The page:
"The planet can't afford a growing world economy, and the world economy can't afford a recession, so how should we live?", says me, paraphrasing Professor Jules Pretty of University of Essex, who gave a keynote speech at Colchester2020's Business Breakfast yesterday. He talked about consumerism round the world, comparing Europeans and north Americans, with people from Asia and Africa, and how many more planets we will need if they catch up with our levels of consumption.
So, as I tucked into my plentiful breakfast, he said (me paraphrasing again - his language was a little more learned) that "we seek growth so we can have more stuff, and we want more stuff as we believe it will make us more happy". Many of us in the west aspire to much more (often pointless) stuff, and the consequent happiness it will bring us, but we overlook basic human psychology.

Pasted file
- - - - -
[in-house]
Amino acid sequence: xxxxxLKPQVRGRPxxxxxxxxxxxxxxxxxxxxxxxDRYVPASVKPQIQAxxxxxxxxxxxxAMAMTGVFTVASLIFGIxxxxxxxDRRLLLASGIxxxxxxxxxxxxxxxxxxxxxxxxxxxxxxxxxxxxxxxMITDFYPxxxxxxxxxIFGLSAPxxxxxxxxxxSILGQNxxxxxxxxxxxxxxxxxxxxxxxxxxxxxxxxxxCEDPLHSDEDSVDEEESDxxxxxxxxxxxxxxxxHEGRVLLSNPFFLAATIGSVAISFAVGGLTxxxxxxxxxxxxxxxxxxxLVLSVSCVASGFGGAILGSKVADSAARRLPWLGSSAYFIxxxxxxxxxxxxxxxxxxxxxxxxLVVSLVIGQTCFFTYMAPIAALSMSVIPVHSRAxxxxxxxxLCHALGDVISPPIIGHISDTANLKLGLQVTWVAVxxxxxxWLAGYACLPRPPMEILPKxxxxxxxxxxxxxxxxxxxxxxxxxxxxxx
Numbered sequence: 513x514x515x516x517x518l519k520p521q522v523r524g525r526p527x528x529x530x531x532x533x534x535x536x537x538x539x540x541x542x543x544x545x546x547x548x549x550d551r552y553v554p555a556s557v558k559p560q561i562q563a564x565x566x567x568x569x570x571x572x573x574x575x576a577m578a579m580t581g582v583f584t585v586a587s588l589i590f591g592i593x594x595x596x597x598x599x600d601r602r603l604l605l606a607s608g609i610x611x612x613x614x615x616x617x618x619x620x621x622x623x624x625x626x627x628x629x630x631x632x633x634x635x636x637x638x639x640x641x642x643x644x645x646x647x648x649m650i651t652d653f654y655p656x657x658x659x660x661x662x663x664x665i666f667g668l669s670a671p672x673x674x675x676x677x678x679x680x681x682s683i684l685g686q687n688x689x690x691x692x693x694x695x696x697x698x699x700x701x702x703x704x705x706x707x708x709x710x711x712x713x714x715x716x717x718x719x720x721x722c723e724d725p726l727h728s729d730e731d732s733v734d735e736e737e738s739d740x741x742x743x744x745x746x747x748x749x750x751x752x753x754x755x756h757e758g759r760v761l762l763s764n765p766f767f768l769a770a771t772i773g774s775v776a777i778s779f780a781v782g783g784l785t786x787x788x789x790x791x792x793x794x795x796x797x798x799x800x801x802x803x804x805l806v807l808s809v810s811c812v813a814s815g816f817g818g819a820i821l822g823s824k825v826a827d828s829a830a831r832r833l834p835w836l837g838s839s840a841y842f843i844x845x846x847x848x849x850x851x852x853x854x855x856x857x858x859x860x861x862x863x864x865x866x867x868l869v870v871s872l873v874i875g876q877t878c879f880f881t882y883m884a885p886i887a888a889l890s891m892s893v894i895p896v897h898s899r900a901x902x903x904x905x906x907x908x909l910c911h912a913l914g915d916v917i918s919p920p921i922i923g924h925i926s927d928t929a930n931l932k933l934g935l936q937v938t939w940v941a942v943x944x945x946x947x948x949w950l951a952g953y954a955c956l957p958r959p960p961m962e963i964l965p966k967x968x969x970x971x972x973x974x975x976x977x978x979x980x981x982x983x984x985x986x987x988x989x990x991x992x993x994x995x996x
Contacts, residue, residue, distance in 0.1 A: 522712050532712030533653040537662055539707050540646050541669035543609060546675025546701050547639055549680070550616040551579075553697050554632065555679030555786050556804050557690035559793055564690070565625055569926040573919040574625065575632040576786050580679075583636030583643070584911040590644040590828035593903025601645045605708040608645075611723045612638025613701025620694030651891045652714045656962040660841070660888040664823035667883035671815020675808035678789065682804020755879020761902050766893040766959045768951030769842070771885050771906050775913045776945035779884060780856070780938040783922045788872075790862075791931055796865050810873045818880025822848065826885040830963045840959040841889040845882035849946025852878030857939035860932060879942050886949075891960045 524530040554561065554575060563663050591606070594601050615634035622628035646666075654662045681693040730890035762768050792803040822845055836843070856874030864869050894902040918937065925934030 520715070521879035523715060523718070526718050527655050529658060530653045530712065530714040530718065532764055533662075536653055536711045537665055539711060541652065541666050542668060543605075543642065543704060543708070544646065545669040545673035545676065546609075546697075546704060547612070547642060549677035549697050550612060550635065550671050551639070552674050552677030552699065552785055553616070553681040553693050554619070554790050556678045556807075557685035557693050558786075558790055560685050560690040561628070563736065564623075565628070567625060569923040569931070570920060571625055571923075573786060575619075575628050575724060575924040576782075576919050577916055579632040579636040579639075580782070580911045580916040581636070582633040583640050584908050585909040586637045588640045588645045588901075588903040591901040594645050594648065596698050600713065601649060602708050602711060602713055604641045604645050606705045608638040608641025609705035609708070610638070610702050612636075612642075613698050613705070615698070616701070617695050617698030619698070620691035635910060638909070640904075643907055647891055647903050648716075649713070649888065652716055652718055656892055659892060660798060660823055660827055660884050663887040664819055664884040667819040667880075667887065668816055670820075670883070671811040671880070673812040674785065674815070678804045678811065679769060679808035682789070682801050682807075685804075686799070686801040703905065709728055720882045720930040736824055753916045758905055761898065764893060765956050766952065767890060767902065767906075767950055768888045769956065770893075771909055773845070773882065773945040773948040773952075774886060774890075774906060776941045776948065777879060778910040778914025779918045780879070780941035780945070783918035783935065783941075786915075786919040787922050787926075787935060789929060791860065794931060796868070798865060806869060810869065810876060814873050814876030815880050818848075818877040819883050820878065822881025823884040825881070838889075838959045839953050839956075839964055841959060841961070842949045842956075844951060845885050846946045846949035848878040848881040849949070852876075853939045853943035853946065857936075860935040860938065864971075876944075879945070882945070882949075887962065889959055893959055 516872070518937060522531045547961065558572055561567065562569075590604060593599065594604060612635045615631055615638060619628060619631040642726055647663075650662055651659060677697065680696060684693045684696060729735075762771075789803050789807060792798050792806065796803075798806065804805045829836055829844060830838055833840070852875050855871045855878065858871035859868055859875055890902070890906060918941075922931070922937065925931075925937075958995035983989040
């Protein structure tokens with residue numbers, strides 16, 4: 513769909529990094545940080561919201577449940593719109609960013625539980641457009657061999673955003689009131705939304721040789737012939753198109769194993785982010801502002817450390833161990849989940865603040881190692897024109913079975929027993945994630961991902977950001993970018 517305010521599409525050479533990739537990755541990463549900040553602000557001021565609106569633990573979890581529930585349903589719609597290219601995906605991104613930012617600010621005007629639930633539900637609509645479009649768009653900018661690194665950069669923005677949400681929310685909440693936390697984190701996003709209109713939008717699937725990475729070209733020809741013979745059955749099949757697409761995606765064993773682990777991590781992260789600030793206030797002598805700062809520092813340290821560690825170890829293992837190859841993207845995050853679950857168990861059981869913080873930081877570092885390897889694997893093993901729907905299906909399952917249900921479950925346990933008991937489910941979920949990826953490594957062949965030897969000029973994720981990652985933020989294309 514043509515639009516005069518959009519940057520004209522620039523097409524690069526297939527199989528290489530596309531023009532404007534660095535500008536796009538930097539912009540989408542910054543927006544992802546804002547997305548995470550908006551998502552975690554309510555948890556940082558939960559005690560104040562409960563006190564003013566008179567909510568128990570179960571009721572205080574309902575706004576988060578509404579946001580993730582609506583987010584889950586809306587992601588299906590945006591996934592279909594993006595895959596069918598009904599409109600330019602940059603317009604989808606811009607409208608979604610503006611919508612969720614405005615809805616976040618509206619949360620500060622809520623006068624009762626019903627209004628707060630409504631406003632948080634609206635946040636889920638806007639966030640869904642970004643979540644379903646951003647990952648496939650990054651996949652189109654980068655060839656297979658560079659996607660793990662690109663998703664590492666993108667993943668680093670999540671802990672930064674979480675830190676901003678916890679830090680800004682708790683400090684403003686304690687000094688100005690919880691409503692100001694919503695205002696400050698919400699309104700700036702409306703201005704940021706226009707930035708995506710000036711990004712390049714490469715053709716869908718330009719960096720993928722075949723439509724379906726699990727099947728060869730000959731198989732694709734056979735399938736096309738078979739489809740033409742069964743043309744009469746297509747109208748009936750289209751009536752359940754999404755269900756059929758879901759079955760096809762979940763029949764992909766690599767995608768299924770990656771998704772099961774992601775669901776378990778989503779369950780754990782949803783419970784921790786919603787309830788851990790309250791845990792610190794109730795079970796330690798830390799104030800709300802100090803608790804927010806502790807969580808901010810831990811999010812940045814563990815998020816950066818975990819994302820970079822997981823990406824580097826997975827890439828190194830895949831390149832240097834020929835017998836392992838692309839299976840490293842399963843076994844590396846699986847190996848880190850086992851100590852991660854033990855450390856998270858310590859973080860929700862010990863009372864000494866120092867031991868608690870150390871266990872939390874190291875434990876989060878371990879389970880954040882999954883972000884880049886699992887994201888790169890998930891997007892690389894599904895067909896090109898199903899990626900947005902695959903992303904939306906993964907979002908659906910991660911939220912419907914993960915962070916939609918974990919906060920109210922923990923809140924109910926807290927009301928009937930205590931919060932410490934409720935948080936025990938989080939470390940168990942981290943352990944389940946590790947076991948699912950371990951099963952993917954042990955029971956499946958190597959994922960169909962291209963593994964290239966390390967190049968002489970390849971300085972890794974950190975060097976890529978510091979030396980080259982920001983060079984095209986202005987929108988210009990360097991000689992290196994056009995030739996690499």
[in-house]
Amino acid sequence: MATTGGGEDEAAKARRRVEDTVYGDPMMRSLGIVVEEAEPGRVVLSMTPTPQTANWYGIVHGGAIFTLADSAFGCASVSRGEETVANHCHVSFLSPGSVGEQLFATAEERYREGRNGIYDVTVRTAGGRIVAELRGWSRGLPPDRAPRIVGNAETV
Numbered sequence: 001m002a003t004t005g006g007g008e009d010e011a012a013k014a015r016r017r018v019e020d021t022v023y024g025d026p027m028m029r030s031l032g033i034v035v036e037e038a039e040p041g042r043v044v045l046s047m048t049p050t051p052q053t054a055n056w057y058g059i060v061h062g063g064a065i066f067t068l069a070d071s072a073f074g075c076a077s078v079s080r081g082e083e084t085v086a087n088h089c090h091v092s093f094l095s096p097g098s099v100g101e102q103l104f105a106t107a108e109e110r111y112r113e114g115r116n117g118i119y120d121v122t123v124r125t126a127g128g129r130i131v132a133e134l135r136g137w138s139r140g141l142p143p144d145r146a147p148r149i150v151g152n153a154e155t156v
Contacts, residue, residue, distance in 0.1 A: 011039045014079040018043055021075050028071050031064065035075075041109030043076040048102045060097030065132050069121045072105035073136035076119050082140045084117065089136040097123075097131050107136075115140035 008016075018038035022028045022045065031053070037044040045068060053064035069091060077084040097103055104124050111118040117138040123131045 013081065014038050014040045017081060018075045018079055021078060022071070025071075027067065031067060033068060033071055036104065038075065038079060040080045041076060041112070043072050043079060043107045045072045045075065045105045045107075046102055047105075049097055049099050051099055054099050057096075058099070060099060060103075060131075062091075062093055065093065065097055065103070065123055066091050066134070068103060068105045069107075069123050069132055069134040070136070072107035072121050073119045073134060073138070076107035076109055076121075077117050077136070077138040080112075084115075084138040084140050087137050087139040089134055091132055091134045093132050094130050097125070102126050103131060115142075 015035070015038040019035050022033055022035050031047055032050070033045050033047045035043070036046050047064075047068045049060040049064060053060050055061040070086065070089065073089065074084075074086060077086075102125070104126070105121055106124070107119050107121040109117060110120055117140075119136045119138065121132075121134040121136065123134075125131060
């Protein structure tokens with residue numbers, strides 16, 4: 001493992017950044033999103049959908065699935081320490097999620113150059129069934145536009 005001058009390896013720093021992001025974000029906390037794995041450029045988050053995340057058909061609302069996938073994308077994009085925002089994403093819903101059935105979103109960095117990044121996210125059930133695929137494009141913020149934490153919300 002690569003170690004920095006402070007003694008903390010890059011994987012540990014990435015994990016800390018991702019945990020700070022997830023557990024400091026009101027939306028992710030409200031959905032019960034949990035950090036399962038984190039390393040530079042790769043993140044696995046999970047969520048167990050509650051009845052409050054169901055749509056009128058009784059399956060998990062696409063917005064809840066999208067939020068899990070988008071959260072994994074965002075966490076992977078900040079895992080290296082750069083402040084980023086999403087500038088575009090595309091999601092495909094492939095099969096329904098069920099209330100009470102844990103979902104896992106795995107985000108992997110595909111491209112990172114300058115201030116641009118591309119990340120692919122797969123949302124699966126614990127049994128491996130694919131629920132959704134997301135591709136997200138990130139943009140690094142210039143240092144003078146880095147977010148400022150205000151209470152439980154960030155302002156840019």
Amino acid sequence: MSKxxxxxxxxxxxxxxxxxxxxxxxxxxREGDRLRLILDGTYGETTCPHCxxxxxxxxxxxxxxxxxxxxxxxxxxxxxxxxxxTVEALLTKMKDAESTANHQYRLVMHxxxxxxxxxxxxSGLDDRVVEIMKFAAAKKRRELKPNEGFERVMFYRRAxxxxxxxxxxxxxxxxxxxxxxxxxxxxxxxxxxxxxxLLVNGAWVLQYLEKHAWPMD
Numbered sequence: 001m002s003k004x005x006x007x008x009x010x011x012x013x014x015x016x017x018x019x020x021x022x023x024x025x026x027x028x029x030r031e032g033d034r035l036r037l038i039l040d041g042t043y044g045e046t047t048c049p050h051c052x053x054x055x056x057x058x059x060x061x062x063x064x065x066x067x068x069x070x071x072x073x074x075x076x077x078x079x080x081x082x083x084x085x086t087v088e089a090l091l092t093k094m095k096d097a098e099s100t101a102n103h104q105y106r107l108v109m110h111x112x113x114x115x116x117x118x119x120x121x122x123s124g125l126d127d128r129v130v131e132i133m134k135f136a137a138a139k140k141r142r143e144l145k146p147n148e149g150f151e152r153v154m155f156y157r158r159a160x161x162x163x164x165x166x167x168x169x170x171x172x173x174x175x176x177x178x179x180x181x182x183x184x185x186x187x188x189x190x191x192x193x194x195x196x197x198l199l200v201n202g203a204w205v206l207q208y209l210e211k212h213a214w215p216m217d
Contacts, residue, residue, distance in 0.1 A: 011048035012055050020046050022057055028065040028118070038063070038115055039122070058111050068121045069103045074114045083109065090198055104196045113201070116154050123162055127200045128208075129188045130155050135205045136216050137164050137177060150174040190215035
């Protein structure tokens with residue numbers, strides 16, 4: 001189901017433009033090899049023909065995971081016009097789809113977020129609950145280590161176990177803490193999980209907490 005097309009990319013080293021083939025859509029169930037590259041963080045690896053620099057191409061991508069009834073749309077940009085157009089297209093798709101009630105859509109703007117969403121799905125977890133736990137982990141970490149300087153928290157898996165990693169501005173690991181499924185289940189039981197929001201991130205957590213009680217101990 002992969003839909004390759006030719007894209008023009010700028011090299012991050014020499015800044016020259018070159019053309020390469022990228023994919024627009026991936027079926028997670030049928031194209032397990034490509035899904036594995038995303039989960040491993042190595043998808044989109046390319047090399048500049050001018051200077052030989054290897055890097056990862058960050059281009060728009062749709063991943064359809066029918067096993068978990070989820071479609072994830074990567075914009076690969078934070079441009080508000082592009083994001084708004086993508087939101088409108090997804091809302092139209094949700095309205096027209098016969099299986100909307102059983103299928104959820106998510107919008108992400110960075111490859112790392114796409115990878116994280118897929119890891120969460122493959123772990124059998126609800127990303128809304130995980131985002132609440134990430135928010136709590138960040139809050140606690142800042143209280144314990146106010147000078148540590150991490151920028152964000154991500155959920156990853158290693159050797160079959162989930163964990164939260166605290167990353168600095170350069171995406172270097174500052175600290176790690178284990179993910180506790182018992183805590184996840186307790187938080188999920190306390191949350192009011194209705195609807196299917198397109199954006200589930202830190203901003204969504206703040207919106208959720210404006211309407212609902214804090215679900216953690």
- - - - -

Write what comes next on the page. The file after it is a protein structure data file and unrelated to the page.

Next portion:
Pretty then decribed a study of two very different groups of people. One group consisted of people who had won a fortune on the lottery, and the second were individuals who had become paraplegic following car accidents. For both groups, at least a year had passed since the traumatic/ecstatic event of their crash/win, and they were asked about their happiness "after" compared with "before".
And both groups reported that they had settled down after the initial change in feelings, and had reverted to how they were before, and were no more or less happy despite the big change in personal circumstances.
So, if you're unhappy, and dream of winning the lottery and subsequent happiness; first you almost certainly ain't going to win, and secondly, if you do win, you ain't gonna be happier. For myself, it has been rather traumatic to have a two-year old become type-1 diabetic, making me angry and ranting, and turning our lives in a different direction, but I can't say I'm any less happy twenty months on from his D-day compared with "before".
(Picture - tightrope walker, Colchester High St, Colchester2020 festival, evening of 25 June 2010)